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Yes, the creators of Snuggie were in on the joke. Allstar Products intentionally gave its product a quirky name and an over-the-top commercial to promote fun and fashion. But, the Snuggie still upheld Allstar's core purpose: problem solving. "We're a problem-solution company," says Boilen. "We show a problem to a consumer and give them an excellent way to solve it at a good price."
In order to make a new product something consumers can't live without, it needs to serve a purpose in your customer's life. Defining that purpose depends on your individual product's functionality. Allstar's problem-solution method takes daily activities and enhances them with a new idea.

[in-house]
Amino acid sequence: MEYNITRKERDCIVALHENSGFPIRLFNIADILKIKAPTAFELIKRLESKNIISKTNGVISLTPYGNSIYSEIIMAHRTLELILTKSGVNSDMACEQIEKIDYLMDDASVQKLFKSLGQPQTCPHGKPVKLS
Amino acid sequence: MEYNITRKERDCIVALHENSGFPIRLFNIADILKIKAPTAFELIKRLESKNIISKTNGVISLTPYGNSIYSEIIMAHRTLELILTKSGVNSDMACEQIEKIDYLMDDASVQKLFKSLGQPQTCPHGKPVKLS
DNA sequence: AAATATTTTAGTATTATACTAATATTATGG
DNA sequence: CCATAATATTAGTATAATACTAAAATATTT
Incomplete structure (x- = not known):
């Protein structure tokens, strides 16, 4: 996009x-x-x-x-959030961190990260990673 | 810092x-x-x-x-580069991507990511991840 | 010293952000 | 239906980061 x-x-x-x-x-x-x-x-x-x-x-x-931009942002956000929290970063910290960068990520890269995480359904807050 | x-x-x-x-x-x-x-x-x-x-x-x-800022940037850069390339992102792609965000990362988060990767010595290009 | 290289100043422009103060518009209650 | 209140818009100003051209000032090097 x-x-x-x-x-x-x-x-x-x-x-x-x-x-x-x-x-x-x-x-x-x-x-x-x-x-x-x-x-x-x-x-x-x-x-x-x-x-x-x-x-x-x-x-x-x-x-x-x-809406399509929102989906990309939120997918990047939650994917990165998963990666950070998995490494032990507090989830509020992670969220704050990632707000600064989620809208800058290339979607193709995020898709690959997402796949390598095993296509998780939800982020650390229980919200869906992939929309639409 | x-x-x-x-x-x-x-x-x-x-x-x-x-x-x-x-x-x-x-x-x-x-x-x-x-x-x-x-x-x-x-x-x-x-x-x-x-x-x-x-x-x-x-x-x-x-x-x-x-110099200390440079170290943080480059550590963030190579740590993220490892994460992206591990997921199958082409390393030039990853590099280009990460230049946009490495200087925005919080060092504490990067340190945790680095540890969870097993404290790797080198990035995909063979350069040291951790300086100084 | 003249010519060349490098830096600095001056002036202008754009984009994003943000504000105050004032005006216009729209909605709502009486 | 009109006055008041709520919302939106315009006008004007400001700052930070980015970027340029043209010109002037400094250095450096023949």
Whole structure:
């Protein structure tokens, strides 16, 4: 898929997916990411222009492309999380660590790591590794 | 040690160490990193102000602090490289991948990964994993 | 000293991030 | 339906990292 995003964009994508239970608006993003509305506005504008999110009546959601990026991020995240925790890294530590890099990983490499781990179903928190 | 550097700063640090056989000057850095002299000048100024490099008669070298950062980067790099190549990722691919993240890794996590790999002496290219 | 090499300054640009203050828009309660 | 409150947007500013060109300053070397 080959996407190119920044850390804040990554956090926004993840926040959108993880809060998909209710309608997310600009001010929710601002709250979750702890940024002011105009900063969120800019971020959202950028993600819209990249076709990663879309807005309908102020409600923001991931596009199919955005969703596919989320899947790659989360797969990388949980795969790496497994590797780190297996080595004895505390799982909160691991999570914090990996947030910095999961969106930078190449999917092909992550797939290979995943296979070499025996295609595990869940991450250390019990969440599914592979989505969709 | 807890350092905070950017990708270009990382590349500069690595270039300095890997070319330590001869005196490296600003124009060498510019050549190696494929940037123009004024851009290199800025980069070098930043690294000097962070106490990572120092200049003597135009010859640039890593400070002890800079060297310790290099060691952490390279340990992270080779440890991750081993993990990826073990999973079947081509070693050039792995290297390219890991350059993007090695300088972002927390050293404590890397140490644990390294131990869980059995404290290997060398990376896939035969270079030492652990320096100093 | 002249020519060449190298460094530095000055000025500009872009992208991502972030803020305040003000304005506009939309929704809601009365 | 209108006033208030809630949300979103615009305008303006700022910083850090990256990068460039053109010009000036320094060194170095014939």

The direct marketing consumer product company used a similar solution-based method when promoting Topsy Turvy, a device that allows tomatoes to grow upside down to provide fresh-grown produce without the traditional hassles of a full garden. "That was more about functionality than fun," Boilen says. "It was a different message that took a little longer for people to get out there. But it was also a big hit."
For Vapur, a two-year-old company that designs foldable, reusable water bottles, defining a purpose was twofold, both solving a problem and embracing changing consumer desires.
"We knew there was a lot of need for a green water bottle because the green movement was taking off, the economy was tanking, and people were looking for away to get off bottled water," says co-founder Jason Carignan. "The problem with traditional bottles was that they were as bulky empty as they were full."